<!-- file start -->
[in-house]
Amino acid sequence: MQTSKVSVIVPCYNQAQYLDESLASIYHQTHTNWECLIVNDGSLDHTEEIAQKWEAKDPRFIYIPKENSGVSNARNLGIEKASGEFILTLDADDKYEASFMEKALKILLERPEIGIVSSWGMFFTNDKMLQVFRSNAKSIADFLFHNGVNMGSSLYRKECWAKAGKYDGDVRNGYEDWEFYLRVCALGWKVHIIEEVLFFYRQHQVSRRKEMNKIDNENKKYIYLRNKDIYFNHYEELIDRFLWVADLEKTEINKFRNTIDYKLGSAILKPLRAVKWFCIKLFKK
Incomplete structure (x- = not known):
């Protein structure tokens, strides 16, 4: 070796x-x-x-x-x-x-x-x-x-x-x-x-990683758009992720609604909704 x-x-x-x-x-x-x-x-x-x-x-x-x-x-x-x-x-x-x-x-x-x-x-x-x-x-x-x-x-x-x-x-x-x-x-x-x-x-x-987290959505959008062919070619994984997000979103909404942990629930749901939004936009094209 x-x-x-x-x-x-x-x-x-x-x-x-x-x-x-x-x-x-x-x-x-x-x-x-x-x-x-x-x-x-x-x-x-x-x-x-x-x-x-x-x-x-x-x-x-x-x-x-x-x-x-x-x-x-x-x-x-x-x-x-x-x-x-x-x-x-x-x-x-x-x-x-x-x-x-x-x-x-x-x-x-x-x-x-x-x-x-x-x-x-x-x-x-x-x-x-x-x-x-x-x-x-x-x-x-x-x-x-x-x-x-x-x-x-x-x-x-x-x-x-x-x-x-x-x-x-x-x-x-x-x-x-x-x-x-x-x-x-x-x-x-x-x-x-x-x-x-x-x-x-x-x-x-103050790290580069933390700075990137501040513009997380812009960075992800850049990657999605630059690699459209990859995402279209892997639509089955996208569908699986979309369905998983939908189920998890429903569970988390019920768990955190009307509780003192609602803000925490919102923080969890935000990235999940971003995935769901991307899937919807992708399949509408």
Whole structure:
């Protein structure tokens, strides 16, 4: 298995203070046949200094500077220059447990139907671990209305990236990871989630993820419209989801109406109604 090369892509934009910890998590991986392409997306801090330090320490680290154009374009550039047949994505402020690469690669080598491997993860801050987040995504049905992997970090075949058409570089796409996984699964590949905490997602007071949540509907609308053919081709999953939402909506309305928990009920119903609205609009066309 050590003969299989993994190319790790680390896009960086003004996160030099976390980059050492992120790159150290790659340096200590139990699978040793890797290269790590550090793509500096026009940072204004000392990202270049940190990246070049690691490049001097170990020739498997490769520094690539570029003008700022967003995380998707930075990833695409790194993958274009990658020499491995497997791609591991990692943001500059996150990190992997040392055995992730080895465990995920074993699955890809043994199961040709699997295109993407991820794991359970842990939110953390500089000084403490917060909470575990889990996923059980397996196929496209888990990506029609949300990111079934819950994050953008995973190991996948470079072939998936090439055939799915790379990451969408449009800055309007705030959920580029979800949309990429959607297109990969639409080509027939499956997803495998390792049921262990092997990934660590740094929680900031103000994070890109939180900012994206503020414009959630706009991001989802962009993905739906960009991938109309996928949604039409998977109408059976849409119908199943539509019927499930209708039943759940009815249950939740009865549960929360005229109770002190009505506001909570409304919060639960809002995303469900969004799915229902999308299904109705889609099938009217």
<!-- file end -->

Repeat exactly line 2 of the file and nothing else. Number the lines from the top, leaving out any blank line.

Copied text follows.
Amino acid sequence: MQTSKVSVIVPCYNQAQYLDESLASIYHQTHTNWECLIVNDGSLDHTEEIAQKWEAKDPRFIYIPKENSGVSNARNLGIEKASGEFILTLDADDKYEASFMEKALKILLERPEIGIVSSWGMFFTNDKMLQVFRSNAKSIADFLFHNGVNMGSSLYRKECWAKAGKYDGDVRNGYEDWEFYLRVCALGWKVHIIEEVLFFYRQHQVSRRKEMNKIDNENKKYIYLRNKDIYFNHYEELIDRFLWVADLEKTEINKFRNTIDYKLGSAILKPLRAVKWFCIKLFKK